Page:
Yes, Chris Marker Fest is off! Even though I’ll never actually finish it, it’s nice to begin.

Hour-long documentary of Marker’s travels in Siberia. Messes with the documentary format by incorporating cartoons, opera, lots of anthropomorphic animals, and Marker’s usual poetry and humorous narration.


Piss-poor picture quality on the copy I saw, but clearly a great movie. English spoken narration with subtitles in the opera parts.

References to cats and owls:
– talking owl wearing “I Hate Elvis” button
– from a plane, “silver birches look like owls’ tracks in the snow”
– “cars wend their way between the trains like cats playing hide and seek in a railway depot”
– song about a reindeer: “oh reindeer, sweet and just / friend of the birds and owls / they nest in your branches / happy he who has ideas in his head / happier still, he who has birds”


Made me wish I was in Siberia with the talking owls and leashed bears, the gold rush, the reindeer races, the underground laboratories, the frontier towns and endless birch forests. Funny, I think this is one of the early movies that Marker has disowned. I’ll take it if he doesn’t want it.

A fox yawning:

Not a good movie to watch when depressed, obviously. Patiently explains why the Iraq war and all the other countries we’ve had military dealings with since WWII are symptoms of the “unwarranted influence” of “the military-industrial complex” that Dwight Eisenhower warned against in January 1961.

Why We Fight

GW Bush and Cheney and Halliburton whatever. Saddam Hussein whatever. 9/11 whatever. A man whose son was killed and wrote to ask his name be written on a bomb dropped in Iraq. A woman who works at a bomb factory. Eisenhower’s descendants talking about Eisenhower. We’re all gonna die. Too bad I watched this, cuz now I can’t see Al Gore’s “An Undeniable Truth” without fucking killing myself.

Why We Fight


I see why reviewers complained that this movie was too long. We learn little about Evelyn Glennie in the way of facts, background, future, profession. There’s little dialogue. There’s little character development! And the director takes that little bit, what very little he has, and stretches it out to 100 minutes, what could have been a 60, or hey, 30 minute featurette. The nerve of that self-important German to make a theatrical feature without enough support!

Actually that’s how I feel about Control Room and The Yes Men… movies that tried to tell a story without enough support. These reviewers would love Touching The Void, to name another creative documentary with a similar title… that one has a long story to tell, full of suspense, and the movie lasts as long as the story. Touch The Sound isn’t narratively driven, and is meant to be enjoyed through sound and vision. If you can’t enjoy such a gorgeous movie as this, why are you watching movies? And if the story has stopped moving forward and you’ve learned all you need to know (“she’s a talented musician who is nearly deaf”), why not leave the theater early? Because you’re a newspaper reviewer being forced to watch this as a job, I guess. My point just being that the reason I don’t let newspaper reviewers determine what movies I see is that they so often seem to be watching movies as a job and not enjoying what they see. A person who can’t appreciate movies as art can write no film criticism that matters.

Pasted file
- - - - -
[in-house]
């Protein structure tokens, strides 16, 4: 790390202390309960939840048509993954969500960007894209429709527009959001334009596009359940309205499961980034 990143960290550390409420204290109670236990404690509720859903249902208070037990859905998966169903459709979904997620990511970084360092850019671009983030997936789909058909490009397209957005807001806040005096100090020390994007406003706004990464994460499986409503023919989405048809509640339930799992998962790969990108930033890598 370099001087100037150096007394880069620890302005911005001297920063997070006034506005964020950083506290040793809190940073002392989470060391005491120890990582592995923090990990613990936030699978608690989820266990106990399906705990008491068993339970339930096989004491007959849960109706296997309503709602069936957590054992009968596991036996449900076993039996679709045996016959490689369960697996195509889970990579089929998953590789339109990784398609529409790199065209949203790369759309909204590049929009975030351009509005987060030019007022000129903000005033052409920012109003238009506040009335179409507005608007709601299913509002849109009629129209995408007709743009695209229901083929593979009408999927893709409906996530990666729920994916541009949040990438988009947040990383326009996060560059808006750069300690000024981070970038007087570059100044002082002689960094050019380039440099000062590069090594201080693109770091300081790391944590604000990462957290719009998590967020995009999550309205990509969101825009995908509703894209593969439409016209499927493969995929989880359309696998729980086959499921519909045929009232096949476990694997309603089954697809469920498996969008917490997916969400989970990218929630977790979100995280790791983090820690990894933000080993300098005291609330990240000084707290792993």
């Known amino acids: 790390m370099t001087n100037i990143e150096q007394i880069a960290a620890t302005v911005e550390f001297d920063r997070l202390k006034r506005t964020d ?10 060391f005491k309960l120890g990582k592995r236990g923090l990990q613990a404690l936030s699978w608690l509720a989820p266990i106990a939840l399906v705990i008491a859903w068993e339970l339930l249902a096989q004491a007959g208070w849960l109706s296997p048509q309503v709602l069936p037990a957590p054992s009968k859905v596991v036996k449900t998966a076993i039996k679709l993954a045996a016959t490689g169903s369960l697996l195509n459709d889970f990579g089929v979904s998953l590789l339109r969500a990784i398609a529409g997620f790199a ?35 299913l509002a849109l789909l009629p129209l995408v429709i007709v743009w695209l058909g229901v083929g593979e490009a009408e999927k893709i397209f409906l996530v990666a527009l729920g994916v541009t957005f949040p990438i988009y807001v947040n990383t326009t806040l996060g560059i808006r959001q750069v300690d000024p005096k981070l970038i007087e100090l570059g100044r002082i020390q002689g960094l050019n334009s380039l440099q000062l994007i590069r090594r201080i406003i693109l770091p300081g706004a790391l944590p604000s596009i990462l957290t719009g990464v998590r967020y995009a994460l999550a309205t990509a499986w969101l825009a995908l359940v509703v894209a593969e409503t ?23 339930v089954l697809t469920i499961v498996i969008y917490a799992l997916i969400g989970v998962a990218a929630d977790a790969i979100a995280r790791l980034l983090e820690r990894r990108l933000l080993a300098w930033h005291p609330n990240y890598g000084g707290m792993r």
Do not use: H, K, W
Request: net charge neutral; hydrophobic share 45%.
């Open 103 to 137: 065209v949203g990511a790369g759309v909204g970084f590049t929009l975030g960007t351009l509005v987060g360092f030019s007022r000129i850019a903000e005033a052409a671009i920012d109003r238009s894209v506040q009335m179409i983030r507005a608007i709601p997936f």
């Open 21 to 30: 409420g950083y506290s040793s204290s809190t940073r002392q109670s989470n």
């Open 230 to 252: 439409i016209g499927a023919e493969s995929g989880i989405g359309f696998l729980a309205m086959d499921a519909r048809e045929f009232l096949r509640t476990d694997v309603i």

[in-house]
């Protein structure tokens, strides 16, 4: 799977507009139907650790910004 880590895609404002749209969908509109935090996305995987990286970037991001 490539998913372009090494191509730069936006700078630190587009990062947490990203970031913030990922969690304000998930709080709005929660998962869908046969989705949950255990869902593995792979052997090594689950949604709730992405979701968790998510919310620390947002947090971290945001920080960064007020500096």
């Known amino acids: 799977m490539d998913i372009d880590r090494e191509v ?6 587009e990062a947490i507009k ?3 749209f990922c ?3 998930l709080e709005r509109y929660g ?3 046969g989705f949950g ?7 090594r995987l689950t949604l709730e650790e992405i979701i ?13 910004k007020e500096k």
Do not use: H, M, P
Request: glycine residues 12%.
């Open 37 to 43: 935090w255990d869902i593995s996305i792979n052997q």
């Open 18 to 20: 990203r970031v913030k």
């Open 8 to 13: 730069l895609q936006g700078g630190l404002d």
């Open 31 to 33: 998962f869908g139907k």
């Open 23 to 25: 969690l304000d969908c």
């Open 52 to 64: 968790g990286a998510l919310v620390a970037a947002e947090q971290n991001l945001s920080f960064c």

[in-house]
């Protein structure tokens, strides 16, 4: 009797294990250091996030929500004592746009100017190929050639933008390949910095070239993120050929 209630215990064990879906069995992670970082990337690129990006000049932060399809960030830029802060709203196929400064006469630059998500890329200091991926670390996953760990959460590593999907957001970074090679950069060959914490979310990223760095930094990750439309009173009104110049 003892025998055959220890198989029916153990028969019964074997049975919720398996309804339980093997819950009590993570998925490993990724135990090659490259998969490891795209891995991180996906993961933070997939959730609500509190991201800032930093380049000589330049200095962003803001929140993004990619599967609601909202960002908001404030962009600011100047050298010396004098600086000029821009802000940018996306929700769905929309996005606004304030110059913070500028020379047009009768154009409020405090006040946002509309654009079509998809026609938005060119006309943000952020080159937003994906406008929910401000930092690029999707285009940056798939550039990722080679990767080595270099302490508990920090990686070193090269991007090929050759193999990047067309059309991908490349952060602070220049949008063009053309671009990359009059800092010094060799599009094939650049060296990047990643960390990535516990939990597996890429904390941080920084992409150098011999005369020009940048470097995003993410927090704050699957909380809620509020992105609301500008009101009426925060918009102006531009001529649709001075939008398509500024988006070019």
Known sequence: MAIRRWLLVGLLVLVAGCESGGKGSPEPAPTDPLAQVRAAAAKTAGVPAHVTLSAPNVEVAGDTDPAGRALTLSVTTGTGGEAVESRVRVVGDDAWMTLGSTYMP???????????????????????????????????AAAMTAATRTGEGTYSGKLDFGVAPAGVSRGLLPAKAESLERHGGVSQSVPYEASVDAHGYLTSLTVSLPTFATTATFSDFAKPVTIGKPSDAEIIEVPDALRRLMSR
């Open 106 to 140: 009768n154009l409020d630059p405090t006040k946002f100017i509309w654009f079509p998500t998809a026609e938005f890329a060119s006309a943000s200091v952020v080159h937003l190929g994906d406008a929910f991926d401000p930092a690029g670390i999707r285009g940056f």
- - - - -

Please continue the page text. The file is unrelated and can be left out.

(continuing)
I oughtta be talking about the film though, a perfect-ten picture. Amazing sound, amazing story, unbelievable photography and editing. “Visual poetry”, says the trailer. I could tell it was shot on film, somehow, even watching on DVD. It was “Super 16mm”, whatever that is. He switches to different angles while the soundtrack is constant, notably during the CD recording scenes… multiple cameras, or editing trickery? I was conscious of the movie as a movie, of the making-of, but not distractingly so. Lots of close-ups of waves in lakes, oceans, one exquisite shot of a long white line reflected in a pool when the waves start from one end, rippling along the line, forming “sound waves” to match the audio on the soundtrack. Another moment when Evelyn narrates about people having their own sound, and being able to play different people like an instrument… while Riedelscheimer shoots a sort of ski-lift with people in individual cars crisscrossing on suspended wires… notes on a staff! Clever man. This movie and Rivers And Tides should be watched annually. Hope Thomas doesn’t make too many more movies, or I’ll run out of time to watch anything else.


Fred Frith seems like a pretty cool guy, too. I’ll have to see him if he ever plays around here.


In the making-of, while they show Thomas completely fabricating shots in the Cologne airport, he says “I think reality exists only in the moment of perception. It’s a live, first-hand experience. One cannot reproduce or film it. It’s a personal experience, which is nontransferable. And I think it’s wrong to say that documentaries are objective. They are as much an expression of a very personal view as any other creative work.” Funny, I was just writing about that two days ago.

I’m glad Katy and Nick liked this movie… in fact, I’m glad I liked it the second time around. It’s just as good as I remembered, even without the director and Farmer John around to influence my thinking. I guess from here it’ll play on PBS then I’ll never hear about it again, but was fun while it lasted.